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What increases my risk for psoriasis?

Diana Meeks
Diana Meeks on behalf of Sigma Nursing
Family Practitioner

The medical history of your family is thought to be a major contributing factor to psoriasis development. Up to a third of the population with psoriasis is related to someone else with the skin disease. Factors that affect your immune system health may also increase your risk of psoriasis as well. Specifically, smoking or having an obese body weight puts you at risk. Also those who are prone to illness, infection or stress are more likely to develop psoriasis, as are those with HIV. Skin tone may also affect your risk, as psoriasis occurs more often in those with fair skin.

Psoriasis affects both men and women of all ages although most people develop psoriasis as adults. The most significant risk factor for psoriasis is a family history of the condition. You are more likely to develop psoriasis if someone in your immediate family has it. As many as one third of the people with psoriasis may have a blood relative with the condition.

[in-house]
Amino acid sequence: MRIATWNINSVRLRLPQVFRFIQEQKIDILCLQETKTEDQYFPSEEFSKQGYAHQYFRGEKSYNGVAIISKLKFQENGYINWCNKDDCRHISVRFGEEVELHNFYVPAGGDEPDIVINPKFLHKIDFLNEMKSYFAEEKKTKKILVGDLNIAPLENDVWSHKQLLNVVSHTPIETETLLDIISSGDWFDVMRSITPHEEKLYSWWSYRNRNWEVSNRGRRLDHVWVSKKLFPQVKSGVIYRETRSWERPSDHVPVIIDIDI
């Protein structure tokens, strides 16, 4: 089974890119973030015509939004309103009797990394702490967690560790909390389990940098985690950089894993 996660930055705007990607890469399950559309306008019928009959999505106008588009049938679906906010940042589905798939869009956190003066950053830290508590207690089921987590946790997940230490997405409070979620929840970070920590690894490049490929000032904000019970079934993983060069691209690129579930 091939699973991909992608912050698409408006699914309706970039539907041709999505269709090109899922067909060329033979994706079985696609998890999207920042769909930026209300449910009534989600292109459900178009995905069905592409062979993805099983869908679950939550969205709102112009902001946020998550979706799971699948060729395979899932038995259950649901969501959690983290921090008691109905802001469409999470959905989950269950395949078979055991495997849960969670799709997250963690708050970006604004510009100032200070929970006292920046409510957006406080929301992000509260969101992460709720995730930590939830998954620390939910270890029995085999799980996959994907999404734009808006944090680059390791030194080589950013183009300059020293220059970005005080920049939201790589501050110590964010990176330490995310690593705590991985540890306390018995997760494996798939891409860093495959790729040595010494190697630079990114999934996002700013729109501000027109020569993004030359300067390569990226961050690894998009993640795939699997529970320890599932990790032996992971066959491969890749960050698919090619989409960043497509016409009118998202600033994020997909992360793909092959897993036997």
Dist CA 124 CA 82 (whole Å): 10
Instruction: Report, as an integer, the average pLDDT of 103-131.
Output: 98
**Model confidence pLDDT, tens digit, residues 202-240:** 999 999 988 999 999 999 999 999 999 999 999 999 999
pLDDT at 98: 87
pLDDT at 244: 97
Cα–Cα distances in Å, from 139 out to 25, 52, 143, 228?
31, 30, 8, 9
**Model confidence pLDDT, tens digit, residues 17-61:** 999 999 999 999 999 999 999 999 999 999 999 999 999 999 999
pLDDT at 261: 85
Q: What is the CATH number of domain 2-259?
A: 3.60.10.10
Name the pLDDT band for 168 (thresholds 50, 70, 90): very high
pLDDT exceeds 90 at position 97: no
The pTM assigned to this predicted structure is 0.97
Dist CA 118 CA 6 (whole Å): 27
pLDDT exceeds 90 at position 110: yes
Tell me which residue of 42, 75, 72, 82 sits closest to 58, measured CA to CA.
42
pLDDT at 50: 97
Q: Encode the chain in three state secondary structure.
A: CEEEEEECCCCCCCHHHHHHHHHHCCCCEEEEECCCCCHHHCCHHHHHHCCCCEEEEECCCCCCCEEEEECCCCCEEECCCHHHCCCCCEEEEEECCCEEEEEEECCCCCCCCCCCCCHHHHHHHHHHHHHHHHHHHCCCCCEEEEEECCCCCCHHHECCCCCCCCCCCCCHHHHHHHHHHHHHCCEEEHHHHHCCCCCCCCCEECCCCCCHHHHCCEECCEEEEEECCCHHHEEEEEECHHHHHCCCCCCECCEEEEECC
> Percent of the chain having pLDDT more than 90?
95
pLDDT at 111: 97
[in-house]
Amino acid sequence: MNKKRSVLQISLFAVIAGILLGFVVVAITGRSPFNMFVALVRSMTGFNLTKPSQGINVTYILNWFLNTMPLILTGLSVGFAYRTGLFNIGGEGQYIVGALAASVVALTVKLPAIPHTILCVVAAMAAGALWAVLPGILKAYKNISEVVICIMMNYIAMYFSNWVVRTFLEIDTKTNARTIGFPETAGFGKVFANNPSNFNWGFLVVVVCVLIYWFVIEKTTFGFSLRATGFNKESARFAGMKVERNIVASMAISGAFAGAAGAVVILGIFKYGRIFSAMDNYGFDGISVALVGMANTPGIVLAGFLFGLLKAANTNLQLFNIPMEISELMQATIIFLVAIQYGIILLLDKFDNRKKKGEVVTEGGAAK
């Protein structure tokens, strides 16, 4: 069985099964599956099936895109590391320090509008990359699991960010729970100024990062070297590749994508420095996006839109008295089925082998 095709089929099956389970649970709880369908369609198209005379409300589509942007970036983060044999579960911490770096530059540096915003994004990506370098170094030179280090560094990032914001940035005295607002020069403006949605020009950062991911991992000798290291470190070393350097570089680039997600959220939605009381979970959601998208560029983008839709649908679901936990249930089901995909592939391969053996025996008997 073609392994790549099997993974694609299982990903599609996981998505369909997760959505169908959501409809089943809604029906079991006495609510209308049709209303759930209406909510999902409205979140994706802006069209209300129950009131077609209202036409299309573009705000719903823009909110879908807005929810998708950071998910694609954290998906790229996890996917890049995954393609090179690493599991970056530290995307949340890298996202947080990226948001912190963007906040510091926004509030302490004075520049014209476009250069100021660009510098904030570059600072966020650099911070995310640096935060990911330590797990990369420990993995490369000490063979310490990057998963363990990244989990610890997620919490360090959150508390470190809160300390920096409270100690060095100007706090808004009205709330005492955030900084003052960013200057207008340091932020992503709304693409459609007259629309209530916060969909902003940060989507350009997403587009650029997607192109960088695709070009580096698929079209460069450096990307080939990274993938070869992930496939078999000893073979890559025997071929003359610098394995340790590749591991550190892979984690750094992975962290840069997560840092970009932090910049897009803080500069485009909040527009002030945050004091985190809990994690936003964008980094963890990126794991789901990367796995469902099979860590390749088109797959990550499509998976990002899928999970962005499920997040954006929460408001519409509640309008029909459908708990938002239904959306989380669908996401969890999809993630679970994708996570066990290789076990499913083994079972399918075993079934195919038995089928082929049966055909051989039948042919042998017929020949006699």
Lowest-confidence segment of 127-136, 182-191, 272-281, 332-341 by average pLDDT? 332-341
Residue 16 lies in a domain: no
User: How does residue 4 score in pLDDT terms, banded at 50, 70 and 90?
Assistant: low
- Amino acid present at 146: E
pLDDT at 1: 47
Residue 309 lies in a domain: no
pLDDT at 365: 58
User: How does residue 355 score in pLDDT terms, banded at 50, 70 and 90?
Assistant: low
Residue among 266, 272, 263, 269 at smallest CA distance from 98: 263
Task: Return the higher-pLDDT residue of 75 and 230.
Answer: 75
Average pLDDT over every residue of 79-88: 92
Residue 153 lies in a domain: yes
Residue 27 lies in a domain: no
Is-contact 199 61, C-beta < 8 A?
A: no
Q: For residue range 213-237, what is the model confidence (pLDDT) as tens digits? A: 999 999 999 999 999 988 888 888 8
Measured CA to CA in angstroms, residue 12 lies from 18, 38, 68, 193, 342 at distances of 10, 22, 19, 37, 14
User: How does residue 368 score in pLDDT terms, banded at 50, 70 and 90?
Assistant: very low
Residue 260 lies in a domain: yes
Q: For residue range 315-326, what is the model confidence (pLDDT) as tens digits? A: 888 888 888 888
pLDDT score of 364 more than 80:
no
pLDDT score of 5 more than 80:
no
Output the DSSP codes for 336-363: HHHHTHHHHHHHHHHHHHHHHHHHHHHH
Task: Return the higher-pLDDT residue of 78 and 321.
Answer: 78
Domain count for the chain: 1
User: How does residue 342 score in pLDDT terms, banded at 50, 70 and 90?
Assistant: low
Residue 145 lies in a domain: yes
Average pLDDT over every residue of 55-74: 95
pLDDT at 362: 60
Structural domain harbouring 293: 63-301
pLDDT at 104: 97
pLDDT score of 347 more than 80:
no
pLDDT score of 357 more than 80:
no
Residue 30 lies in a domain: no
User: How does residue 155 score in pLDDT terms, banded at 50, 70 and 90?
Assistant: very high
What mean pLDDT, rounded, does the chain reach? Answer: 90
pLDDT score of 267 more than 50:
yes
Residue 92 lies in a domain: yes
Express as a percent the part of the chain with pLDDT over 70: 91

Environmental factors also are important. People who live in colder climates are more likely to develop psoriasis and often develop the condition earlier in life. Other factors that may influence your psoriasis risk include ethnicity. Psoriasis is less common in African-Americans and is rare in native ethnic groups from North and South America.

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Important: This content reflects information from various individuals and organizations and may offer alternative or opposing points of view. It should not be used for medical advice, diagnosis or treatment. As always, you should consult with your healthcare provider about your specific health needs.